David Shapiro of Sanford Rose Associates – Legal Search featured in Legal Management Magazine Article: The Current State of the C-Suite: Part Two: How Firms Can Find (and Retain) the Right Executive
Dallas, TX | 3/21/2014:
By Erin Brereton
(www.legalmanagement.org) — In 2010, 250-attorney firm Brownstein Hyatt Farber Schreck LLP appointed a Chief Executive Officer Blane Prescott to oversee its strategy and operations. Prescott had more than 25 years of law firm management experience, working as a consultant, firm senior vice president and managing director, and law firm executive committee member — but he didn’t have a law degree.
In February 2012, Pepper Hamilton LLP appointed Scott Green, who has an MBA from Harvard and a bachelor’s degree in accounting from the University of Idaho, as its first Chief Executive Officer. Green also isn’t an attorney; he was serving as executive director of 1,000-attorney firm Wilmer Hale when Pepper Hamilton approached him about the position.
“[Pepper Hamilton] had made the determination that having a non-lawyer executive was a good business move,” Green says. “They wanted to be structured more like their clients, with more of a corporate model.”
With the number of firms with a gross revenue of $1 billion or more rising from 17 to 20 from 2011 to 2012, it’s not surprising that large firms would consider appointing a leader with significant finance and operational experience — even if meant uprooting the traditional partner-run law firm business model.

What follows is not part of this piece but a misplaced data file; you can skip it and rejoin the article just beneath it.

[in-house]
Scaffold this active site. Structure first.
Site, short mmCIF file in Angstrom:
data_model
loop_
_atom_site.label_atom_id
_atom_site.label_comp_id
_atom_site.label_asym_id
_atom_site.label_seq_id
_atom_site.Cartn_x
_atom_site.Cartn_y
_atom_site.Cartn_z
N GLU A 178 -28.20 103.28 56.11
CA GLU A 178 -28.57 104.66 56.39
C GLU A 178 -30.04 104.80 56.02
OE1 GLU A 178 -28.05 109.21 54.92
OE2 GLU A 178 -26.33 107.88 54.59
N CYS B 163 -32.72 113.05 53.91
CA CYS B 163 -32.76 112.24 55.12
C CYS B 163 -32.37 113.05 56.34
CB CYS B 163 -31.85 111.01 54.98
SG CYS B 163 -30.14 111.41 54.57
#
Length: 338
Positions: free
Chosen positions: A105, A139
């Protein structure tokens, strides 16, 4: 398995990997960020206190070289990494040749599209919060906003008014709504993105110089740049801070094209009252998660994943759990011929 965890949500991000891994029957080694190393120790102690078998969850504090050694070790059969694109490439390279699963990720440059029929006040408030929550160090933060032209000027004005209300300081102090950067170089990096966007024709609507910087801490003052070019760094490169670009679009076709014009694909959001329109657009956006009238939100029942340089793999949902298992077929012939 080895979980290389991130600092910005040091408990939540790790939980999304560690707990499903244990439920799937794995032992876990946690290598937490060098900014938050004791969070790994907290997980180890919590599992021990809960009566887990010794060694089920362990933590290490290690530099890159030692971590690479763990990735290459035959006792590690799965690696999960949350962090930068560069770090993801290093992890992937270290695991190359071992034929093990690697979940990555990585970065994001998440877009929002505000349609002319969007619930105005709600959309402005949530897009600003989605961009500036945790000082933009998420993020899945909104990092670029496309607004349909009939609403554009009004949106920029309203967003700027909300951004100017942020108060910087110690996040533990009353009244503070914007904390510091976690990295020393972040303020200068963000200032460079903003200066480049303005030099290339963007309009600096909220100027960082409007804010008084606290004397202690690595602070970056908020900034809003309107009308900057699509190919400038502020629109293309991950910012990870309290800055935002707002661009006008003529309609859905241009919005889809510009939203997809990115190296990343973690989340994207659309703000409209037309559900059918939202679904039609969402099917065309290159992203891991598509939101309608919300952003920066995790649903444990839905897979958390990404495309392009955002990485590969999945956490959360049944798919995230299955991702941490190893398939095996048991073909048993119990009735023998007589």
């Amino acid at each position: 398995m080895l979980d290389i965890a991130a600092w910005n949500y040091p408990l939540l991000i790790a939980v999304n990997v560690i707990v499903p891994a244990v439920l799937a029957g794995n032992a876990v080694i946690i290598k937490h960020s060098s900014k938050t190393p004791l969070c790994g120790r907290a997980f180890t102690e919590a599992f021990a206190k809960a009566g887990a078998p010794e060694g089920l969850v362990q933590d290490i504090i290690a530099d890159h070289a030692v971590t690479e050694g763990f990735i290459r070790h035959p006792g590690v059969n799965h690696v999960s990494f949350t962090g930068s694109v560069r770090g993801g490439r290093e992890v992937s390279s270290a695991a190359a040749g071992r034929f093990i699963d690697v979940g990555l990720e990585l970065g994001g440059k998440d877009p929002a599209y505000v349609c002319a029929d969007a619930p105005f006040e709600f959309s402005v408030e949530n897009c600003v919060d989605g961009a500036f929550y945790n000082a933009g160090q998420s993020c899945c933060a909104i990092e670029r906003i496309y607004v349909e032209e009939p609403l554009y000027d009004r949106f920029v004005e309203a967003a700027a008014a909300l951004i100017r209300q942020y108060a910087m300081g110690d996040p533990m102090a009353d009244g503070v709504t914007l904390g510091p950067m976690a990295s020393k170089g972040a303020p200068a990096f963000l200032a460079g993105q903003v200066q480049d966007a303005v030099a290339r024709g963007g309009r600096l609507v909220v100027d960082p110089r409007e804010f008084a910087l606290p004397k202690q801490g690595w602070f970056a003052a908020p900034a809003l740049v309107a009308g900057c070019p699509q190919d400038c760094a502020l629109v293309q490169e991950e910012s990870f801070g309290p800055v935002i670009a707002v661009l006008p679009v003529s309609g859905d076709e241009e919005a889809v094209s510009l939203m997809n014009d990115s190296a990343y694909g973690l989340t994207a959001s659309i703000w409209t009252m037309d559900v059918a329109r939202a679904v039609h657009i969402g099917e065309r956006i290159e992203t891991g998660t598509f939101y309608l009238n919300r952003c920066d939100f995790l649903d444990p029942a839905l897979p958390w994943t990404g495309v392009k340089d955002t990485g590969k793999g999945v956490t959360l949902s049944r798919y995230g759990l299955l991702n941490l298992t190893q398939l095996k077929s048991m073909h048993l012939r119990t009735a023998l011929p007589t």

However, BigLaw isn’t the only industry sector adopting a new management structure. Now this trend is becoming more common all across the board.
“Coming out of the downturn, law firms in particular were looking at ways to modify and streamline their business solutions,” says Charles Volkert, Executive Director of legal staffing agency Robert Half Legal. “We’re now seeing chief information officers, chief operation officers and chief executive officers of law firms of all sizes — big, small and mid-sized firms.”
Gibbons P.C., a 230-attorney firm with offices in New Jersey, New York, Philadelphia and Delaware, was ahead of the curve. The firm created several new C-level positions 12 years ago; June Inderwies, who started at the firm 28 years ago as a temp, was named its Chief Operating Officer and Executive Director.
“The firm was growing,” Inderwies says. “It wanted to have the professionals in those industries handle the business side, and have the lawyers do the lawyering.”
It’s a fairly simple concept, but one that can be difficult to execute. Once a firm recognizes that it needs a business professional on board, how can it attract and hire the right executive — and cultivate potential internal C-suite talent? What qualities should a firm seek in the C-level hire to ensure that person can fill the role successfully?
FINDING THE RIGHT C-LEVEL HIRE
A firm’s list of desired attorney attributes won’t necessarily apply when it comes to the requirements for a C-level business hire. Executives need several skills to succeed in a law firm environment, such as: